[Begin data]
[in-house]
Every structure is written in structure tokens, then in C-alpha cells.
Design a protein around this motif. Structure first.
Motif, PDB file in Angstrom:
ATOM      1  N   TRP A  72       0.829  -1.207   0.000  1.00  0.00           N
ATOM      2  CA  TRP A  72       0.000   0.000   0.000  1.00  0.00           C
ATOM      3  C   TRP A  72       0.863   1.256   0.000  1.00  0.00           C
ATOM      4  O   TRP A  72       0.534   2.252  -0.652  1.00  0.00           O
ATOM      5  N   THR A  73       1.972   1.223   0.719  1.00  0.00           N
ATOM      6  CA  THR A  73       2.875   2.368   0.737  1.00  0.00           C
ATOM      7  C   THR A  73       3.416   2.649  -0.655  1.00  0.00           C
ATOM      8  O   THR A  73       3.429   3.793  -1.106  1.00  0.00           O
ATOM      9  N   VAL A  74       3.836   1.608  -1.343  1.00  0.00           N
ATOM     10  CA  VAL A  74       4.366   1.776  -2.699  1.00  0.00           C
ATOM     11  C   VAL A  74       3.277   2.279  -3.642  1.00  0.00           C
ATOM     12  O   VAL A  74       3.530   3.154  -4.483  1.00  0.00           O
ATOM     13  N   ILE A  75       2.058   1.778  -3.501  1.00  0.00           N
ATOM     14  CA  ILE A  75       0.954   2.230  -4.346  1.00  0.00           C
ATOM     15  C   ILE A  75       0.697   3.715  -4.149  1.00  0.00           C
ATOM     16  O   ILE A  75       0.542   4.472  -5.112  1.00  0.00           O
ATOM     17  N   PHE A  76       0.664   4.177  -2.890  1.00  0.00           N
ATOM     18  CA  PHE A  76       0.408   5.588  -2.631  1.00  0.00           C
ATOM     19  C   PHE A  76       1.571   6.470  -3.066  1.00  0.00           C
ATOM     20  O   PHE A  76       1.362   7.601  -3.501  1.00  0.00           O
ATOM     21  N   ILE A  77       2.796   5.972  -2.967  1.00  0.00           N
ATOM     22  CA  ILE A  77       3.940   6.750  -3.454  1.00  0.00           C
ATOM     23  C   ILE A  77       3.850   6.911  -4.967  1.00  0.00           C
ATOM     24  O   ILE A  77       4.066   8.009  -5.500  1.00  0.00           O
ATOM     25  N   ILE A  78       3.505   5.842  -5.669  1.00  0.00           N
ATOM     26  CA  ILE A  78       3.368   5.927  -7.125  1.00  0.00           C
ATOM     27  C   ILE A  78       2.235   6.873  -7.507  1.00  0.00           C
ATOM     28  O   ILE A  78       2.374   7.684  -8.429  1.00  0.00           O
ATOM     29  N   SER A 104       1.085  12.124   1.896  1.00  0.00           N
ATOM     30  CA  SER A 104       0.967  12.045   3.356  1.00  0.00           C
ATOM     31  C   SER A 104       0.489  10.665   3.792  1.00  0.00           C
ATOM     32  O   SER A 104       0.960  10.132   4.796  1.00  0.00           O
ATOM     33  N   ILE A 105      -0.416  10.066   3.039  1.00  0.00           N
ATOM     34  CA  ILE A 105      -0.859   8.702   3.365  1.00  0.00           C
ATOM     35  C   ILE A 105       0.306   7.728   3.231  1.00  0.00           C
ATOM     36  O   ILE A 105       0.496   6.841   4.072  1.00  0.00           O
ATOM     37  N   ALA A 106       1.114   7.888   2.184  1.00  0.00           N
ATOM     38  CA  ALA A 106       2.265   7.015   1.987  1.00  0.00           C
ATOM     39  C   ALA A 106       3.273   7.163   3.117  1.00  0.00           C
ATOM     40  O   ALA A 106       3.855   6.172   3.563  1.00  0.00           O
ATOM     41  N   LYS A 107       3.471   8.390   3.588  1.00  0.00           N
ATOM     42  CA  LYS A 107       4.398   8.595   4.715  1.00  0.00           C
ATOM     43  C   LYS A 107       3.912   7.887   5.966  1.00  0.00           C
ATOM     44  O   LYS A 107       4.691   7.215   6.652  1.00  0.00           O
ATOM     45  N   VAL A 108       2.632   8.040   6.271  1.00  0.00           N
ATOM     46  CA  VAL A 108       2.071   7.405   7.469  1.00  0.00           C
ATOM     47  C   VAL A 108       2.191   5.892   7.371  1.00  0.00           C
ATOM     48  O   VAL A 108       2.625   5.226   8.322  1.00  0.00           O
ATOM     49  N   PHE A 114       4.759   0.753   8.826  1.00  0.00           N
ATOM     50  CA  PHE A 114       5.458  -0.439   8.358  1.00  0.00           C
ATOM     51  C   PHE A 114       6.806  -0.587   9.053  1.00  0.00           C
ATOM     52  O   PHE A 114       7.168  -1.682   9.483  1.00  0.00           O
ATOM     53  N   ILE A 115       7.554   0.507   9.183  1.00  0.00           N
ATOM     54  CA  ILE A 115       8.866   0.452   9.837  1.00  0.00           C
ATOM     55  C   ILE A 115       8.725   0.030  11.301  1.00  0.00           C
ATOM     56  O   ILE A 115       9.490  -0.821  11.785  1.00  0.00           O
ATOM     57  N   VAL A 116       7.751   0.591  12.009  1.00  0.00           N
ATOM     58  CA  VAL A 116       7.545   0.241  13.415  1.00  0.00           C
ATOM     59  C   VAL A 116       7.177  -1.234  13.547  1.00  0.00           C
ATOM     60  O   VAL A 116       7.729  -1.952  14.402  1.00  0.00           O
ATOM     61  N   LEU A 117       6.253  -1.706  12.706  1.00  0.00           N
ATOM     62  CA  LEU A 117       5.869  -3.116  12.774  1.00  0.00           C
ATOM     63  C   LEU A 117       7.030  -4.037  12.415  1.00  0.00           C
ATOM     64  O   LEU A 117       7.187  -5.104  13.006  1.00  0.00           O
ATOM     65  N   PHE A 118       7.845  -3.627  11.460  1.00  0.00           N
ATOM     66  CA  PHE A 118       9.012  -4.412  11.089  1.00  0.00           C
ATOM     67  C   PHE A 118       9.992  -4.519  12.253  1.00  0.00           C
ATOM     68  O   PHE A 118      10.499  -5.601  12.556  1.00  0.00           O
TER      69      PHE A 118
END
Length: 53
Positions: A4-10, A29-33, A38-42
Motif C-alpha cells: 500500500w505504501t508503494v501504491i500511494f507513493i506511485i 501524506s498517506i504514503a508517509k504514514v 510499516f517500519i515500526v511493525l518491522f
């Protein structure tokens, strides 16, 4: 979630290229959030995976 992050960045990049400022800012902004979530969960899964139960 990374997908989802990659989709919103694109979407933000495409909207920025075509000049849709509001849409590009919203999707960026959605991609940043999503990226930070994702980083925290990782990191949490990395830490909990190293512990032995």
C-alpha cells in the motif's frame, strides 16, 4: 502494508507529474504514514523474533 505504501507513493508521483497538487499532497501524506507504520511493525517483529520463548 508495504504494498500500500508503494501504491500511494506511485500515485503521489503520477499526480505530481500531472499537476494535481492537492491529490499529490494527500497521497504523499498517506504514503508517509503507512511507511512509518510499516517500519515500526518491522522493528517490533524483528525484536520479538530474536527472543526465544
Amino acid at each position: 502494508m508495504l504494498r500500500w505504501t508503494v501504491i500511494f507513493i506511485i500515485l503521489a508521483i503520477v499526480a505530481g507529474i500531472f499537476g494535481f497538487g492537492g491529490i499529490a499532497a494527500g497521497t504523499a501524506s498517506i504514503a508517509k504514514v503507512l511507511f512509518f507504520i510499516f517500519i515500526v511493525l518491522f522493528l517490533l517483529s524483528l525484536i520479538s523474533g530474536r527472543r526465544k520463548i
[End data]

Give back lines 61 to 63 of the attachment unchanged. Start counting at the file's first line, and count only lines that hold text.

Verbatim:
ATOM     57  N   VAL A 116       7.751   0.591  12.009  1.00  0.00           N
ATOM     58  CA  VAL A 116       7.545   0.241  13.415  1.00  0.00           C
ATOM     59  C   VAL A 116       7.177  -1.234  13.547  1.00  0.00           C